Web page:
- Intellectual Property. Over five million new business applications were filed in 2022, which means work for you IP lawyers![v] Jobs in diligence, licensing, litigation, copyright and trademark, and patents should continue to be hot in 2023.
Potential for Growth—Regions
Besides looking for hot practice areas in 2023, don’t forget to think about where you may land a job. News of layoffs has affected geographical areas like New York and Silicon Valley, but 2022 saw law firms opening offices in other areas of the country.[vi] Former “flyover states” are seeing firm expansions in areas like healthcare, real estate, venture capital, energy, banking, and more. Lower cost of living and tax benefits make these new regions more attractive to firms and lawyers alike. Some places with recent expansion include:
- Tennessee[vii]. Nashville is a hot spot for healthcare law, and many firms are opening up offices or merging with existing practices to have a presence there.
- Texas.[viii] Everything is bigger in Texas, and many big name law firms have flocked to the Lone Star state to serve big business and emerging markets.
- Colorado.[ix] Firms are taking note of all Colorado has to offer, with opportunities to work in life sciences, energy, data, and more. Not to mention the added benefits of sunshine, beautiful scenery, and high quality of life ratings.
- Florida.[x] Miami is the place to be if you’re looking to join a hot (literally) legal market. With ties to business from New York and Latin America, Miami is a great landing spot for lawyers who want to hit the beach in their downtime.
- Utah.[xi] 2022 was a big year for Salt Lake City. Several large market BigLaw firms opened shop in the “Silicone Slopes.” While many tech firms have taken a hit in bigger regional areas, Utah seems to be consistent in firm expansions.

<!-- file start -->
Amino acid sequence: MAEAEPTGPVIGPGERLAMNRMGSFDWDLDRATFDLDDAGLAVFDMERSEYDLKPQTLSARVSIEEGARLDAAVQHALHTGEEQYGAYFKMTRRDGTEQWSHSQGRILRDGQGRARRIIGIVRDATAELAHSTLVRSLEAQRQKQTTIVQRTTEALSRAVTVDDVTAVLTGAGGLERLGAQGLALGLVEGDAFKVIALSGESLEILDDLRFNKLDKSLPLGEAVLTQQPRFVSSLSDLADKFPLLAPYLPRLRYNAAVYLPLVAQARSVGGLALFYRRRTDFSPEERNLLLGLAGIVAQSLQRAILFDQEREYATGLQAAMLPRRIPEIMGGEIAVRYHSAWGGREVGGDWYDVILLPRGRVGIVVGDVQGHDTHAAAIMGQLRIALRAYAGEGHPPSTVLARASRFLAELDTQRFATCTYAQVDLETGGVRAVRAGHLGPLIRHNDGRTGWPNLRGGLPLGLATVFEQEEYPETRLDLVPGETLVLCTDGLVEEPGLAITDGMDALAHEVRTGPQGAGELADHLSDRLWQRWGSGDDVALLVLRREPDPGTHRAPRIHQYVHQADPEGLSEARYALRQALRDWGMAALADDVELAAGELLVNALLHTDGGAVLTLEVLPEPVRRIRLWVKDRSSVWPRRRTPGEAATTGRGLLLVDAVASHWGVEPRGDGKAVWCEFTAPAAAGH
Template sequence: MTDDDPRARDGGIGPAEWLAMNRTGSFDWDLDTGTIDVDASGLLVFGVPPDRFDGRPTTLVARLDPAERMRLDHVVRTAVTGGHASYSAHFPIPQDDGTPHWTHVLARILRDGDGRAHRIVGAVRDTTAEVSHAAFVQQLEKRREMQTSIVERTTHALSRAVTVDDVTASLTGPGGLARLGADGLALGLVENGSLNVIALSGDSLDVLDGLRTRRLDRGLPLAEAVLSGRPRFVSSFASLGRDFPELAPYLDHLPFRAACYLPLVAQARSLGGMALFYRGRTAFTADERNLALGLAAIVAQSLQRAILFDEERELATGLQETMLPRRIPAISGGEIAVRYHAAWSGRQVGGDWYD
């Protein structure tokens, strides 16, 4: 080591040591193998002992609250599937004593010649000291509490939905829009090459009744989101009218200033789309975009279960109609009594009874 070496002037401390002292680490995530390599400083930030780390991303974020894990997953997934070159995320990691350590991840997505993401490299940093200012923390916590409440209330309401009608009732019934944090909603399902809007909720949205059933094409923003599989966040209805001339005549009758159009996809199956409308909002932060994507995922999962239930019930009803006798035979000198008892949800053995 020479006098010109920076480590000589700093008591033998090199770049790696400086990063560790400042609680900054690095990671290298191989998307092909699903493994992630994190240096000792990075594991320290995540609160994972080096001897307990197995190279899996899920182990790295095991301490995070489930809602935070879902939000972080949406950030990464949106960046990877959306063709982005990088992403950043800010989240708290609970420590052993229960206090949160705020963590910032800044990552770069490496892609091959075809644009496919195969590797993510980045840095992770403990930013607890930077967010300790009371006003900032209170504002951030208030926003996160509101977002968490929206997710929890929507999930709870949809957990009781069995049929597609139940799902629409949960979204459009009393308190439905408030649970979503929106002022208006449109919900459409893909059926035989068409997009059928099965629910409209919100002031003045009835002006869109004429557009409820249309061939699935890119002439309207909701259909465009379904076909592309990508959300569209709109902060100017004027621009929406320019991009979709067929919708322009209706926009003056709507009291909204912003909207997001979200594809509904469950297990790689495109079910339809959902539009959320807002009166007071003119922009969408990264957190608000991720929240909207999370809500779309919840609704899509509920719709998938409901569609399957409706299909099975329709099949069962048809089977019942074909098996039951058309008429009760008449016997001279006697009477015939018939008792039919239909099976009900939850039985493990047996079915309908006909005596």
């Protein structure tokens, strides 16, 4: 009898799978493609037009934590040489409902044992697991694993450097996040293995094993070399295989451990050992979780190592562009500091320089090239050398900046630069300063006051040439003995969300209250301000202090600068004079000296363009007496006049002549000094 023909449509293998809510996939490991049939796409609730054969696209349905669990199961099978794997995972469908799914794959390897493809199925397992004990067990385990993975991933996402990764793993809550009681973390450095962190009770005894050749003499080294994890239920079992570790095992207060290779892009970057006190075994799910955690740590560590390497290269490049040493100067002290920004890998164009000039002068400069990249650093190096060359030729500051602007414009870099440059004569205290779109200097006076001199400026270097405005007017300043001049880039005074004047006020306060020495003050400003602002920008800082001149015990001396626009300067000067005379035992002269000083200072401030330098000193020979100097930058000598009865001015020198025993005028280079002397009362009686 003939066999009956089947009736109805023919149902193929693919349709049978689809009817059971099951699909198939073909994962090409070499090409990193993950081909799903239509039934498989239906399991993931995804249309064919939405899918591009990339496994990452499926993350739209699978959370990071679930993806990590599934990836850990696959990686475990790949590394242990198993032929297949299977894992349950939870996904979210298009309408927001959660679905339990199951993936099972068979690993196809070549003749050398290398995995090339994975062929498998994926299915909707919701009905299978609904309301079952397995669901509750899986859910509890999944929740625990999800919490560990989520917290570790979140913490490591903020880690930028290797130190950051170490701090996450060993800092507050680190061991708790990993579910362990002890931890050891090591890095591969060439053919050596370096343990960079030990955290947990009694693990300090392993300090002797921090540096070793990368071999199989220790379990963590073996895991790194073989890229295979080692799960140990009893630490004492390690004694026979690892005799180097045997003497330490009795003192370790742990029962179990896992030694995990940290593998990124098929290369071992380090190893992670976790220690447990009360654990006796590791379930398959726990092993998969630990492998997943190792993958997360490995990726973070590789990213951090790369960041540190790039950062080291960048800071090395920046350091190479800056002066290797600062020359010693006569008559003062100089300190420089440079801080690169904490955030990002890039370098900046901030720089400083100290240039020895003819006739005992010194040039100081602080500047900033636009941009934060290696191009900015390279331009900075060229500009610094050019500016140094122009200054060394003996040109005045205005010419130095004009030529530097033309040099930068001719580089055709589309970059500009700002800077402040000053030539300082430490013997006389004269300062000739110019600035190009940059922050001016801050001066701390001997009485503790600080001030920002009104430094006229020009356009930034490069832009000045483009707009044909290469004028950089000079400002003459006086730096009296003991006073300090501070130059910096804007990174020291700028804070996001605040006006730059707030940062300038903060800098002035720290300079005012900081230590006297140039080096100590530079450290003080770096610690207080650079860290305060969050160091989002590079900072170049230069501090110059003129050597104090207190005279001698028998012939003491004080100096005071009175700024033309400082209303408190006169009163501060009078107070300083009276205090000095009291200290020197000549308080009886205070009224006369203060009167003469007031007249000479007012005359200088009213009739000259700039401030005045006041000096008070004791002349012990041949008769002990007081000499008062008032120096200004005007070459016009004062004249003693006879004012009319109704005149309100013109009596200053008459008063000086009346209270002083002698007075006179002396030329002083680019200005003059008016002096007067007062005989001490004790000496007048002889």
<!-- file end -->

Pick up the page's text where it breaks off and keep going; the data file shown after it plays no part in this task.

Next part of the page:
- South Carolina.[xii] Growth in the South has fueled firms, both old and new, to expand in South Carolina in cities like Greenville, Columbia, Myrtle Beach, and more.
While these places may not have the glitz and glamor of San Francisco and New York City, they do have solid, big-name law firms and prestigious clients in need of legal services. And don’t overlook the added benefits of affordable housing, shorter commutes, and work-life balance!
[ii]Sloan, K. (2023, January 10). Law firms face daunting 2023 amid falling profits and demand. https://www.reuters.com/legal/legalindustry/law-firms-face-daunting-2023-amid-falling-profits-demand-2023-01-10/
[iii] (2023, January 9). 2023 Report on the State of the Legal Market: Mixed results and growing uncertainty.
[iv] Robert, A. (2020, January 30). Why elder law is a growing, 'anything-can-happen practice'.
[v] Tanzi, A. (2023, January 17). Over 5 Million New US Startups Show Covid-Era Boom Has Legs. https://www.bloomberg.com/news/articles/2023-01-17/over-5-million-new-us-startups-show-covid-era-boom-has-legs?utm_campaign=mb&utm_medium=newsletter&utm_source=morning_brew
[vi] Horvath, P. 2022, August 31). Growing Legal Markets Primed for New Attorneys. https://firsthand.co/blogs/vaults-law-blog-legal-careers-and-industry-news/growing-legal-markets-primed-for-new-attorneys
[vii] Merken, S. (2022, July 8). Womble opens Nashville office as city attracts more law firms.
[viii]Osakwe, C. (2022, March 7). Morrison & Foerster joins law firms landing in Austin's 'Silicon Hills'.
[ix] Skolnik, S. (2022, July 13). Big Law Raids Colorado as Tech Venture Capital Grows Business.
[x] Merken, S. (2022, May 26). Miami has moment in the sun as new hot spot for big law firms.
[xi] Merken, S. (2022, April 5). Large law firms still see allure of Utah's 'Silicon Slopes'.
[xii] Coe, A. (2022, September 28). BigLaw Expands In The Carolinas Amid Business Boom.
Want to be found by top employers? Upload Your Resume
Join Gold to Unlock Company Reviews